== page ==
“Your party has diplomatic immunity,” Vel explains. “The cut on your cheek, plus the footage from public-security surveillance proves you did not offer aggression first. It can be argued that March acted in defense, fearing for your life. It would have brought great shame to our people if anyone in your delegation suffered irrevocable harm after offering safe passage.”
I’m pretty sure the only thing on March’s mind was squashing Bugs. His expression makes me doubt he wanted anything more than to kill something. Even now, he looks savage and feral, unsatisfied by the brutality he inflicted. I shiver a little.
“So where are we headed?” March asks in a low growl.
“The spaceport,” Vel answers. “We will use the maintenance tunnels that run parallel to the underground. I explained to the peace officers that you needed to retrieve equipment from your ship, but became disoriented in the underground.”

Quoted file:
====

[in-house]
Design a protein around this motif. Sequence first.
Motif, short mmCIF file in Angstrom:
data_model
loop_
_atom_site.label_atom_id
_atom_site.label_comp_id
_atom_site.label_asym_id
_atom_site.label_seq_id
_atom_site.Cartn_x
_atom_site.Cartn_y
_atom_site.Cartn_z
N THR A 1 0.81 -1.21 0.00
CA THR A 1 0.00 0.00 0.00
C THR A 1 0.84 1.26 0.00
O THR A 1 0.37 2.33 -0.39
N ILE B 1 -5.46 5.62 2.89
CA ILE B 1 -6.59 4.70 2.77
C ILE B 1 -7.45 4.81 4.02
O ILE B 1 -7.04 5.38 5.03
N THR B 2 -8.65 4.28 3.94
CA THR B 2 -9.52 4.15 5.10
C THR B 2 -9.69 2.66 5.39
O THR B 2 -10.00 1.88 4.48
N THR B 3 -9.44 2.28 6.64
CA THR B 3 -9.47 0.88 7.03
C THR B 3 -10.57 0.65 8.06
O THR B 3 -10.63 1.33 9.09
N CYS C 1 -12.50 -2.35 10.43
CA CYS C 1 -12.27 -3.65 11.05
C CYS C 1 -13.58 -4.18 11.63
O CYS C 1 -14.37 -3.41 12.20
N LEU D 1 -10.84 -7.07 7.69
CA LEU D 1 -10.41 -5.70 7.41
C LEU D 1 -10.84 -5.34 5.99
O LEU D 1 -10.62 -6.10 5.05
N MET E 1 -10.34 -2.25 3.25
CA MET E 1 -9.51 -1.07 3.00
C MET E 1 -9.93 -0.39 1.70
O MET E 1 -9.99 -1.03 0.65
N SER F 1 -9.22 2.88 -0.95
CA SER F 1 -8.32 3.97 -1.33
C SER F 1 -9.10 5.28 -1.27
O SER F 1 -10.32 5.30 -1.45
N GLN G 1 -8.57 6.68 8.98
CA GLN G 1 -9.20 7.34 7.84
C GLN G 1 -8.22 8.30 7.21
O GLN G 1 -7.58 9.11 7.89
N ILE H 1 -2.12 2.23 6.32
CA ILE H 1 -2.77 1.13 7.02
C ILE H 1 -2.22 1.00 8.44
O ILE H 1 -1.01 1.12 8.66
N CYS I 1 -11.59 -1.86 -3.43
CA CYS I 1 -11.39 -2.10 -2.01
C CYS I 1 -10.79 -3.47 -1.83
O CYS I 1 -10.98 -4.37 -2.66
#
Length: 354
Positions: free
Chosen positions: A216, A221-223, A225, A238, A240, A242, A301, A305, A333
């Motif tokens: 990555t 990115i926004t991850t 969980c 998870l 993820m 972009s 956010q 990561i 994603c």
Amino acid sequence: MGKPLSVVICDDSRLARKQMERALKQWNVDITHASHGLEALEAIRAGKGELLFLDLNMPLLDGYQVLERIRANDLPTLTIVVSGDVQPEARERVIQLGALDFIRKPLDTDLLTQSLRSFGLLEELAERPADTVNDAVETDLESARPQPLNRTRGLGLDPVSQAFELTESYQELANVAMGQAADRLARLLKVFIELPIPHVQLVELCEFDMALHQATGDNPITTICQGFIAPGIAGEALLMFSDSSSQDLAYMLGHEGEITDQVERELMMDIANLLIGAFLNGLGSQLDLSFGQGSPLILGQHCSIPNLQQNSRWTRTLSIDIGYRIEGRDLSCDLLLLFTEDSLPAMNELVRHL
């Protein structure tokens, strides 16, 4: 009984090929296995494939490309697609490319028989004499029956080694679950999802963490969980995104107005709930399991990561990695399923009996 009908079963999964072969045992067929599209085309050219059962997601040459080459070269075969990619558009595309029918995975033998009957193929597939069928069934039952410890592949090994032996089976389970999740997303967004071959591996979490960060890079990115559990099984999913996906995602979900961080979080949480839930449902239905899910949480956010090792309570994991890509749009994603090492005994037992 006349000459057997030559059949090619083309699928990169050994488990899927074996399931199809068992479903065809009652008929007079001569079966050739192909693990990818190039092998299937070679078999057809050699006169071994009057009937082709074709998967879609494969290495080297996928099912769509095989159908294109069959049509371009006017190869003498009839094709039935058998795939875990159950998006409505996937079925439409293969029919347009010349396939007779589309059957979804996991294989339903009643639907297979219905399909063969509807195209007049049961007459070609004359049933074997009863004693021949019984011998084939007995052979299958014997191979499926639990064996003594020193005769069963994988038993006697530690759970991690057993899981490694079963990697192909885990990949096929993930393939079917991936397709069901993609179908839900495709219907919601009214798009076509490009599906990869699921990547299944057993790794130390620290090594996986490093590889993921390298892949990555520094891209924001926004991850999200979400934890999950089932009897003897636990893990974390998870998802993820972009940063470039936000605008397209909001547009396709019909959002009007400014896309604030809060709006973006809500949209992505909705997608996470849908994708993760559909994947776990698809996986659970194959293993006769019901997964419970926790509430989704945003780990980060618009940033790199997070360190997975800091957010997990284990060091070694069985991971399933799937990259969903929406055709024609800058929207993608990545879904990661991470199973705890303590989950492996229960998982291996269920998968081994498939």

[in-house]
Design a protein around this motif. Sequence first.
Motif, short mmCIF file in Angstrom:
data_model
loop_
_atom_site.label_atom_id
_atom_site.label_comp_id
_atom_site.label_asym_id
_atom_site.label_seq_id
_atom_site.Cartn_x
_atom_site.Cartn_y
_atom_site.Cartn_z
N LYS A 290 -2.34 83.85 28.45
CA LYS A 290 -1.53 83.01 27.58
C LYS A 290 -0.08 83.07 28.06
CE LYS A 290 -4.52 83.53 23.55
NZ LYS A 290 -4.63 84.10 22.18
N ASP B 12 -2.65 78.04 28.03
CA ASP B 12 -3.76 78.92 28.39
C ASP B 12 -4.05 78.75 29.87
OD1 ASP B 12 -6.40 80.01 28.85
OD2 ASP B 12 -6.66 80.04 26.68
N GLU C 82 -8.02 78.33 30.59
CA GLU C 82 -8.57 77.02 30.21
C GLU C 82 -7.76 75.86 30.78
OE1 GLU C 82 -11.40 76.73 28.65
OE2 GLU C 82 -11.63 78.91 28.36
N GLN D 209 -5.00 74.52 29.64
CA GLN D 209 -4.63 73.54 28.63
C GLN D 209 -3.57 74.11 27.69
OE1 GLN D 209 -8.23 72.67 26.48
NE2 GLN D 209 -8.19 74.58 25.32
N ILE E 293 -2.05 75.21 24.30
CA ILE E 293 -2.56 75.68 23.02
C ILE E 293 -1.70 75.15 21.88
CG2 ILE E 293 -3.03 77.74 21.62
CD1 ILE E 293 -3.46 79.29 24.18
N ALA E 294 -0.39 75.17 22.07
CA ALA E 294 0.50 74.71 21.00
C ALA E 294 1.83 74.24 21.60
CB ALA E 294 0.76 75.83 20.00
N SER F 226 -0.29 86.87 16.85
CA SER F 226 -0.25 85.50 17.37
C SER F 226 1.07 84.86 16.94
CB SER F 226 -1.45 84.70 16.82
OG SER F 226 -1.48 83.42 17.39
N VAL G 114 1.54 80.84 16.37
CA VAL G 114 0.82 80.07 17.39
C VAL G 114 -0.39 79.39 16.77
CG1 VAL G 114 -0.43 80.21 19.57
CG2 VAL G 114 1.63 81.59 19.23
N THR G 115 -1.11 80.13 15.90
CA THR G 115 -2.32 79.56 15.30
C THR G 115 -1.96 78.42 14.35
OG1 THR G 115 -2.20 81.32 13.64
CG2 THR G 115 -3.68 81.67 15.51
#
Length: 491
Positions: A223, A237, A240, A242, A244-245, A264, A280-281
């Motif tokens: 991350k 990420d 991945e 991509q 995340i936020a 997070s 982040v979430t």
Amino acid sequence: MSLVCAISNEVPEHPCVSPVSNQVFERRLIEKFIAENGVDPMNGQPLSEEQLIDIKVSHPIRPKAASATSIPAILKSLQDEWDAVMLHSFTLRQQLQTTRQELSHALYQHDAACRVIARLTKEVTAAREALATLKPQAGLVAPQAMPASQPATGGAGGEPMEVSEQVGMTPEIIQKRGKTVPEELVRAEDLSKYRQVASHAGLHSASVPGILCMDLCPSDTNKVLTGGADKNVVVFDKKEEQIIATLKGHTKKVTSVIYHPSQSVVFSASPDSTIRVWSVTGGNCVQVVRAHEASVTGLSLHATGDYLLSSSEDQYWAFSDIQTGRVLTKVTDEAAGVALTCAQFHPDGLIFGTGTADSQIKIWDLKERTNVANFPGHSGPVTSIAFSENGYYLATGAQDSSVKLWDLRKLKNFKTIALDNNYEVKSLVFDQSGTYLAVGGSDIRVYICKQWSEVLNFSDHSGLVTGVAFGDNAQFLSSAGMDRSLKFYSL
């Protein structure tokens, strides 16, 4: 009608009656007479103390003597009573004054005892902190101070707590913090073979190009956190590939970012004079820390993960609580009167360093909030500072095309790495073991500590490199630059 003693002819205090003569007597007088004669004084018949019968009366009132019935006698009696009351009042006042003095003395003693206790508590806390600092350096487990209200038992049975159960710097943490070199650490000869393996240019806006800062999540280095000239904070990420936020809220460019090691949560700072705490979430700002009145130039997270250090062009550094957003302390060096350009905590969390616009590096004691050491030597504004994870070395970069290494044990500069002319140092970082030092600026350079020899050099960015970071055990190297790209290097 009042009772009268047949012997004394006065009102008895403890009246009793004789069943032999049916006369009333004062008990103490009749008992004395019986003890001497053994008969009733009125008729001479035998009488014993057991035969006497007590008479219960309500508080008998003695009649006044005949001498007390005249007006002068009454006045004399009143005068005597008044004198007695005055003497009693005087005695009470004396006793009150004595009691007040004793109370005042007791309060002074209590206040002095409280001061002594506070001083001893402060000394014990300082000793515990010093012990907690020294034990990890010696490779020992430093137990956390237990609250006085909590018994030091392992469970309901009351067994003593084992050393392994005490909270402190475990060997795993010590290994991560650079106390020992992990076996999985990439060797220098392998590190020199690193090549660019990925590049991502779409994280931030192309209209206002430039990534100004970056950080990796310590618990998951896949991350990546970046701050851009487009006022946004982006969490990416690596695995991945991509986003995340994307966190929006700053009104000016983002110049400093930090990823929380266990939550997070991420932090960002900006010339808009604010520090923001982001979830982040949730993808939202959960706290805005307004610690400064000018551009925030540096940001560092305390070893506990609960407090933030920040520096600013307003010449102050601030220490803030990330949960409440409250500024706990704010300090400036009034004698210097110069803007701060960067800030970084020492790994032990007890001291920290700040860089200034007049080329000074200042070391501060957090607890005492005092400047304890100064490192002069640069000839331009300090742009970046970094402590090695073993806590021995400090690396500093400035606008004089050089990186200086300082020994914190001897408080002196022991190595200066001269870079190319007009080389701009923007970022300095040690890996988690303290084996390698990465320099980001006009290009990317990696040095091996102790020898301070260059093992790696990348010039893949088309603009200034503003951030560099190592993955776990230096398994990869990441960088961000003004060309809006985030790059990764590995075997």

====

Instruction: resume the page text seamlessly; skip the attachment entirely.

Which made us sound stupid, but that story had the virtue of being true. We could work with it. They might ask why we didn’t simply send a messenger for the item, or request an official escort. I’m starting to wish we had.
On the other hand, meeting that angry mob gives me a better idea how the average Ithtorian feels about the proposed alliance. It’s not going to be all sunshine and roses, no matter what Chancellor Tarn hopes. The Grand Administrator doesn’t favor the measure, and it sounds like the people echo her misgivings.
My bare arms sting from the abrupt switch from cold to heat. More than anything, I’d like a reassuring touch from March, even just his mind to mine, but there’s nothing. He might as well be on a different continent, and, Mary, I want him back like he was. Like we were.
“Why did you not request my help?” Vel asks quietly. “Even if you had a surreptitious agenda, you must have known you could rely on me.”